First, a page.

The Millennial Show
hosted by YouTube. Their return, in support of Hilary Clinton, was both a sign of the times and a nod back to the turn of the 21st Century.
Will And Grace went to air between 1998 and 2006. The sitcom about four friends living in a very gay world was ground-breaking. It won awards and ratings. In 2012, Vice President Joe Biden said that in terms of the gay and lesbian community, “I think Will And Grace probably did more to educate the American public than almost anything anybody has done so far.”
As the end of 20-teens closes in, a look back reveals some of the defining moments, trends and personalities in the gay entertainment world, that complex, shifting, sometimes misty mirror of our real world and real selves. We’ve all seen the changes, lived the changes and even, we hope, helped usher in some of those changes ourselves.
This story begins, however, before the turn of the millennium when the accepted showbiz norms about homosexuality were markedly different.
January 2000 and Whitney Houston is caught with drugs in Hawaii, but the bigger scandal of the day is that – gasp! – lesbian singer Melissa Etheridge and then partner Julie Cypher have admitted having two children fathered by folk singer David Crosby.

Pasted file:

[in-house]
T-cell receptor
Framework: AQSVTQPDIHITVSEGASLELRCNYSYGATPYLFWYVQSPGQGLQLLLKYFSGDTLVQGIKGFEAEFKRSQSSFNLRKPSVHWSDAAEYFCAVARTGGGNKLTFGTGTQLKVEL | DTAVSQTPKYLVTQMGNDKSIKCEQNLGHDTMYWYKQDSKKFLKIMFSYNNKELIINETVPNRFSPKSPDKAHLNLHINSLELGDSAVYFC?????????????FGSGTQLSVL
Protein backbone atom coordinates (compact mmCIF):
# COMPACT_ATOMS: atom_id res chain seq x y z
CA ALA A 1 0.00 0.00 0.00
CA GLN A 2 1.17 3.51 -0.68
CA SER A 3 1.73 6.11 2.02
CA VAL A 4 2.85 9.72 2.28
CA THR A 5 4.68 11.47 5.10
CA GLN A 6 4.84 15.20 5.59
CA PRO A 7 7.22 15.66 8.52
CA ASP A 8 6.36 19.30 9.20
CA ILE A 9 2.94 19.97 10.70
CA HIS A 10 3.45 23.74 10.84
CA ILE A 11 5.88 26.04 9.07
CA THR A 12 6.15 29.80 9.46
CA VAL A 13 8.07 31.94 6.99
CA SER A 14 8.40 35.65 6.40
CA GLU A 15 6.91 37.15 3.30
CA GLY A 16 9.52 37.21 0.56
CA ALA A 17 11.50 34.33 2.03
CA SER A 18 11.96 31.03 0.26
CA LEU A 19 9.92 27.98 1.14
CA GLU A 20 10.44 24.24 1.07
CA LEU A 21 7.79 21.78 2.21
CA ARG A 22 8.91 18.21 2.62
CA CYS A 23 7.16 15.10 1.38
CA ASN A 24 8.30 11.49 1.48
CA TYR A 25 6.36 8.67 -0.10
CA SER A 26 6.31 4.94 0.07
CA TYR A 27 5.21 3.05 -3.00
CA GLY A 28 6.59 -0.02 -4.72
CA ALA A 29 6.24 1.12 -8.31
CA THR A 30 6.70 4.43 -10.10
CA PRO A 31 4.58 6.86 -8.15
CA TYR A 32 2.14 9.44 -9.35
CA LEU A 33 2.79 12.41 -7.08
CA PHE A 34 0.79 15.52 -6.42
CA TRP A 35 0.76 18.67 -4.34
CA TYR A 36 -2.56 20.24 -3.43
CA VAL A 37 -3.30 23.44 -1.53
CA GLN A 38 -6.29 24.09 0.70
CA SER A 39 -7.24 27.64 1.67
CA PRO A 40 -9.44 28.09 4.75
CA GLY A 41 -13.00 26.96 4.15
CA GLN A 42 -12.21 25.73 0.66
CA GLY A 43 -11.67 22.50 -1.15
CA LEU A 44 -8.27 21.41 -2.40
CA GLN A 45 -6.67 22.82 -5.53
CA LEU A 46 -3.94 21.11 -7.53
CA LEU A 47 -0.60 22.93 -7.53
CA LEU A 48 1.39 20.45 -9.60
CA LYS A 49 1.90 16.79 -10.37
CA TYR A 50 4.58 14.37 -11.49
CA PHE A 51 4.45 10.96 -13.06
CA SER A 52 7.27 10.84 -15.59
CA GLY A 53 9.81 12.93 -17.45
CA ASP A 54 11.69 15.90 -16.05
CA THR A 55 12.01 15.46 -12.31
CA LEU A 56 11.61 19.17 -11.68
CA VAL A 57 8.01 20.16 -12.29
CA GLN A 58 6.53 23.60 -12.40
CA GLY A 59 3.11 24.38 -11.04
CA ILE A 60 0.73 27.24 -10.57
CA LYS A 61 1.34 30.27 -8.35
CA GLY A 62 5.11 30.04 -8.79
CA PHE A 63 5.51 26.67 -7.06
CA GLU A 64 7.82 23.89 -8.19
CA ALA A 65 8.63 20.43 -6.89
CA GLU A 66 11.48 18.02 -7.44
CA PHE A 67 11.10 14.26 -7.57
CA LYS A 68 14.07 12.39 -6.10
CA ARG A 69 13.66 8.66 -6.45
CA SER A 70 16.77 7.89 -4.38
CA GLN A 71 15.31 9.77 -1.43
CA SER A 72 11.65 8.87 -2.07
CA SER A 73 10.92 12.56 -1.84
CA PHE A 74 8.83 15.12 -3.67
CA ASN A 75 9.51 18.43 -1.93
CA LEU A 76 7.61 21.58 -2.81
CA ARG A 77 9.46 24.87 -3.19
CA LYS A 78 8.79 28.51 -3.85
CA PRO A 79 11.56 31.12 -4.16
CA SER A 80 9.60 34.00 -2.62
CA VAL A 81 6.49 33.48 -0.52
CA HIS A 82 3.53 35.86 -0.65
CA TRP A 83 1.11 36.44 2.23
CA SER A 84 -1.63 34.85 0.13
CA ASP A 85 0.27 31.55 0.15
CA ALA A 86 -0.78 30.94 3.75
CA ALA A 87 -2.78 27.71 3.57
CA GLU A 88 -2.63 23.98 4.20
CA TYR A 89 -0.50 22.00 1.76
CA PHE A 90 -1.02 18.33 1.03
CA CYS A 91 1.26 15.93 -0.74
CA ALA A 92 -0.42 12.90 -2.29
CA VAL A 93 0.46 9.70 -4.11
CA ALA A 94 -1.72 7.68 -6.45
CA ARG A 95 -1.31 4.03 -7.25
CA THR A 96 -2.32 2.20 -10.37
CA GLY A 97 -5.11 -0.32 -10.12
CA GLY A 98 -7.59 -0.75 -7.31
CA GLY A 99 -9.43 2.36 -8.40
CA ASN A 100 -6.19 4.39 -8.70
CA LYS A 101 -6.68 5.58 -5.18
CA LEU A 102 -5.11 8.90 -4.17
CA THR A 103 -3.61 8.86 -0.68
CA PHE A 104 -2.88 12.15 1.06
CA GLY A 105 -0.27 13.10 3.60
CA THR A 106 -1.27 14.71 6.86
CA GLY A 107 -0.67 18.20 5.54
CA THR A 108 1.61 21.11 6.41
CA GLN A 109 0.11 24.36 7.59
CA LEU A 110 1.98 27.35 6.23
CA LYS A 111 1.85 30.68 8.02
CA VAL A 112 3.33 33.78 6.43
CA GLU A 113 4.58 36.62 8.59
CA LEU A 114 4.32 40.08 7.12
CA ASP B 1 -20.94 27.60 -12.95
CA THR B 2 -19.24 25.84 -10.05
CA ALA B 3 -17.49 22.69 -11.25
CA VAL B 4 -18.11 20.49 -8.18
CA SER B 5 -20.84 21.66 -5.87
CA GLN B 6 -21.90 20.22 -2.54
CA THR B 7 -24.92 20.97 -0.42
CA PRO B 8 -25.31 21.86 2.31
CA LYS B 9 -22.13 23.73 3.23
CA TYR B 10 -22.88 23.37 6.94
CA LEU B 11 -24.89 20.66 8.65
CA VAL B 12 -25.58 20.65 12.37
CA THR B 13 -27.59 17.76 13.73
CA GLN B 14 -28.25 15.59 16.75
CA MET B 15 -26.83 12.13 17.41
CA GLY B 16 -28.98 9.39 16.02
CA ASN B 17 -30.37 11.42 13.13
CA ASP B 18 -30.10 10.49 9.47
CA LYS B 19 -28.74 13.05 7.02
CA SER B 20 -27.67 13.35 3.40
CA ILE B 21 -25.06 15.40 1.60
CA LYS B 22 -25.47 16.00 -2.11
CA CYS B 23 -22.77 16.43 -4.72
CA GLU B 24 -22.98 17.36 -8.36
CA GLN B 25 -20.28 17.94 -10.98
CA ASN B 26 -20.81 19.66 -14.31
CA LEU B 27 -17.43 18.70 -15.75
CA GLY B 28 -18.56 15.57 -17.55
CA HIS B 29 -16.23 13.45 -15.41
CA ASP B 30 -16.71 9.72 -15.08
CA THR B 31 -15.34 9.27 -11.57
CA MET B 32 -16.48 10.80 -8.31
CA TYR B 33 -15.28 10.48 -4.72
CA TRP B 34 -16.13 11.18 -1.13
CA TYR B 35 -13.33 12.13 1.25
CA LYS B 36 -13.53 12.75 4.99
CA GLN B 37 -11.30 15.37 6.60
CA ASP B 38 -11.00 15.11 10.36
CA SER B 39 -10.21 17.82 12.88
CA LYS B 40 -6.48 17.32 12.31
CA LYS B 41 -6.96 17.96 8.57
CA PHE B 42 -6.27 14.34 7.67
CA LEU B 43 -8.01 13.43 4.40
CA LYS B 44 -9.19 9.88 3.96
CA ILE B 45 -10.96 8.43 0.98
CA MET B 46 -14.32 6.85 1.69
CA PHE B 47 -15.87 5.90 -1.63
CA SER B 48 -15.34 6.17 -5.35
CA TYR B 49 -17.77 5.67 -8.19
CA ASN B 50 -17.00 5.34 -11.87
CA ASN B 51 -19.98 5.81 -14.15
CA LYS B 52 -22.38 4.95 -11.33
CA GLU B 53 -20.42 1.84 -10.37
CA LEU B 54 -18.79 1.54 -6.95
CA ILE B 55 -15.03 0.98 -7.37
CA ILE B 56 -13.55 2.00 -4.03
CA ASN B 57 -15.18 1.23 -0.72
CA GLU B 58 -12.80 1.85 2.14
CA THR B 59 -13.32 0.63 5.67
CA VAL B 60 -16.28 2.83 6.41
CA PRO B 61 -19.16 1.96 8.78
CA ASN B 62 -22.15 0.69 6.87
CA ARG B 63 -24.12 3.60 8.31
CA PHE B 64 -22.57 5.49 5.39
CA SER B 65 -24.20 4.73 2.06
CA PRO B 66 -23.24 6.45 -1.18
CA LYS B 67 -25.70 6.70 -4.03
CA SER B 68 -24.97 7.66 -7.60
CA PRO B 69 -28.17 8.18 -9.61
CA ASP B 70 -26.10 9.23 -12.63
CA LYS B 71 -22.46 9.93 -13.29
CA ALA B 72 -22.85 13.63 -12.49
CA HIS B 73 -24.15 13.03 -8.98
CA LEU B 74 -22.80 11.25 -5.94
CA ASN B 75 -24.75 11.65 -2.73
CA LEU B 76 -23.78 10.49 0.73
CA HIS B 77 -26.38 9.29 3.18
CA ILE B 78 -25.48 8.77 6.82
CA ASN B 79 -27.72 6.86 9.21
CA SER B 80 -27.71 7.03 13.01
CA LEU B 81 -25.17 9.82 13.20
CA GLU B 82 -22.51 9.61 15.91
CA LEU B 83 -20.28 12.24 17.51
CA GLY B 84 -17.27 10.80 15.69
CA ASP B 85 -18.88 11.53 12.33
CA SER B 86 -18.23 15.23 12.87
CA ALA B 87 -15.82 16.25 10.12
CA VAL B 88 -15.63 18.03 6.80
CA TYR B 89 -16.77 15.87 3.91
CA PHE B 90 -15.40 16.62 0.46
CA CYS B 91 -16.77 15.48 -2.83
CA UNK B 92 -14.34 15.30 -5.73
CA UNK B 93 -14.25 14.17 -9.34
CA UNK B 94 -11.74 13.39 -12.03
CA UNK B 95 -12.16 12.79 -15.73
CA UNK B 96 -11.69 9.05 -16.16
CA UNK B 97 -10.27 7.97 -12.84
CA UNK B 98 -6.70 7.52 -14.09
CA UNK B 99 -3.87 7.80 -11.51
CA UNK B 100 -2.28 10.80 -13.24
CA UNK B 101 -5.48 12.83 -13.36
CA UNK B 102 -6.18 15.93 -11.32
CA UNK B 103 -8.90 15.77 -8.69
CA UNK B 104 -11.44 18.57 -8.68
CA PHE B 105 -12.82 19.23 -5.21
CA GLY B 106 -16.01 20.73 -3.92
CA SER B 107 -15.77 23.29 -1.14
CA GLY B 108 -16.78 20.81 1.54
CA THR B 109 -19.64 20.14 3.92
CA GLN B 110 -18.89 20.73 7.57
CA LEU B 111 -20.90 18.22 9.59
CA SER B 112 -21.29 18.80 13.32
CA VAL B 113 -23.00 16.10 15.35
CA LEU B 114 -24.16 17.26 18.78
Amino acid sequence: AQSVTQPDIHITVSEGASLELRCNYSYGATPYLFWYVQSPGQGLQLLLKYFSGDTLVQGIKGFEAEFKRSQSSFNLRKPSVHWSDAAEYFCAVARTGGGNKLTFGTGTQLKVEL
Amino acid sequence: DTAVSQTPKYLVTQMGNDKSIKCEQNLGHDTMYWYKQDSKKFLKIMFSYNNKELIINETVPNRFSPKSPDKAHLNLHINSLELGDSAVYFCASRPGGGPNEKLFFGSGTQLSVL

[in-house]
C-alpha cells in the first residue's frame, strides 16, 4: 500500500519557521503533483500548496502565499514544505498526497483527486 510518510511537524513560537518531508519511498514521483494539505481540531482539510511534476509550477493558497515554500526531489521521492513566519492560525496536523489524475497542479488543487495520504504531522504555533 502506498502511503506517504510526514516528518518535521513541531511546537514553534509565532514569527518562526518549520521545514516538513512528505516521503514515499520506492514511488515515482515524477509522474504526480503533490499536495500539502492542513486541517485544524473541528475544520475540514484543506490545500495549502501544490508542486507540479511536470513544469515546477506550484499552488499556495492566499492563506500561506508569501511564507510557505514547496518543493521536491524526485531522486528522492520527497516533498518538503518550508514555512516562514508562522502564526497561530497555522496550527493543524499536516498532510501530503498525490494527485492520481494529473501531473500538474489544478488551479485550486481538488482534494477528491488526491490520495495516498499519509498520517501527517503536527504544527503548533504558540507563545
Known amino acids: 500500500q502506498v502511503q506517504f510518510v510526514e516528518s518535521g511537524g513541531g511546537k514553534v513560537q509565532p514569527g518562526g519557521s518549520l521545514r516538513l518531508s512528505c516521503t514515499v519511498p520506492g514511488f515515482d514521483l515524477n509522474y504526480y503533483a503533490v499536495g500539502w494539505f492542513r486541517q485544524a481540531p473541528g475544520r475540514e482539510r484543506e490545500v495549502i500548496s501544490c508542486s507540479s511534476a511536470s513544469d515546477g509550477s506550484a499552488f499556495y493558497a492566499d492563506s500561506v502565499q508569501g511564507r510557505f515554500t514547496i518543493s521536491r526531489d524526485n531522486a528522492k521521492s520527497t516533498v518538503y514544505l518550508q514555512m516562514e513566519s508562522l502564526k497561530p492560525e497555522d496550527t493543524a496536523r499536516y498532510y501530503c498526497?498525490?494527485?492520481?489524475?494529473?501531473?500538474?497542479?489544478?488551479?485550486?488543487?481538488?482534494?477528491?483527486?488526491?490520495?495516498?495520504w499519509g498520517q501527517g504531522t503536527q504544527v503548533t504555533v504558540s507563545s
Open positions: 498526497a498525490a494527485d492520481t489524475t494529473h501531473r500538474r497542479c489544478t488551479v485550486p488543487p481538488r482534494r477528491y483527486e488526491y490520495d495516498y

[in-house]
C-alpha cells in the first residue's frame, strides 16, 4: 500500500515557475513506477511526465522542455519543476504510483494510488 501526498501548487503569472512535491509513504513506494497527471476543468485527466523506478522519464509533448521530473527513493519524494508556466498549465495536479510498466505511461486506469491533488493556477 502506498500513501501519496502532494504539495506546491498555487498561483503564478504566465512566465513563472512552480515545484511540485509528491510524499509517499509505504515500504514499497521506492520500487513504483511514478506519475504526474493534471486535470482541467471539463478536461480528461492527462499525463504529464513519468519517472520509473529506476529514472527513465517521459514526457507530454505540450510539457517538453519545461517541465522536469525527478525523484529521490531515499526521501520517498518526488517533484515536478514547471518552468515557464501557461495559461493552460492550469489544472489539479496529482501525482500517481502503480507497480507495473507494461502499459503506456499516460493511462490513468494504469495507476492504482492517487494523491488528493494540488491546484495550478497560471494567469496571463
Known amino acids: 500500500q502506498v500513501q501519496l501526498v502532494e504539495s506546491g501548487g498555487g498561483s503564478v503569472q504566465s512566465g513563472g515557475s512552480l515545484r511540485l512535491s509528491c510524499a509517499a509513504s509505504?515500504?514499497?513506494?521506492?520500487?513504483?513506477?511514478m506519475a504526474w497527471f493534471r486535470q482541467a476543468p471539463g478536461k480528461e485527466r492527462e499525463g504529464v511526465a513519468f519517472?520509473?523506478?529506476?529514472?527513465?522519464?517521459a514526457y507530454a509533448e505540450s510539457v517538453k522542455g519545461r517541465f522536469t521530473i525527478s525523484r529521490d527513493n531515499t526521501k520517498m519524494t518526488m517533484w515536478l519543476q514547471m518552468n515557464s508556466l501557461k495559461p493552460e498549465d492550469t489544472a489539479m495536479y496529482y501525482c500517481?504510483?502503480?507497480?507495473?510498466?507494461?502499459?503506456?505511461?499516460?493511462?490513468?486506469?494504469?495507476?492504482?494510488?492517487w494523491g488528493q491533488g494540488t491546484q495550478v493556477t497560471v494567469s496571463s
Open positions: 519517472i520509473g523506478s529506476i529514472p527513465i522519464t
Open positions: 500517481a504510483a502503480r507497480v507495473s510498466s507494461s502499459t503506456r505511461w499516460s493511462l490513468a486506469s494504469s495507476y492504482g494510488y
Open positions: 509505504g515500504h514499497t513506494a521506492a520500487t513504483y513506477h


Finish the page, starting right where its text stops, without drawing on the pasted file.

Yes, that was the sort of thing that made headline news back then – a lesbian couple and their kids. The idea of gay male couples having families of their own was still rarely, if ever, discussed. Today, with celebrity gay dads like Elton John, Ricky Martin, Matt Bomer, Neil Patrick Harris, Rufus Wainwright and TV producer Ryan Murphy, it’s not just acceptable gay couples to be parents, it’s boringly normal and has given rise to the term “gaybies” to describe the children of gay mums and dads.
Back in February 2000, gay icon Madonna and one of the few out actors in Hollywood at the time, Rupert Everett, teamed up for a movie that touched on the subject, if rather awkwardly. The scenario was about a gay man who, oops… gets his gal pal pregnant in the unfortunately titled The Next Best Thing. It was a telling pointer to a topic that would matter a great deal to gay lives over the coming decade. While the film itself didn’t win any awards in the mainstream, it was nominated as Outstanding Film at the 2001 GLAAD Media Awards. It ended up losing to Billy Elliot, a movie about a straight boy who loved ballet (it was his best friend who was gay,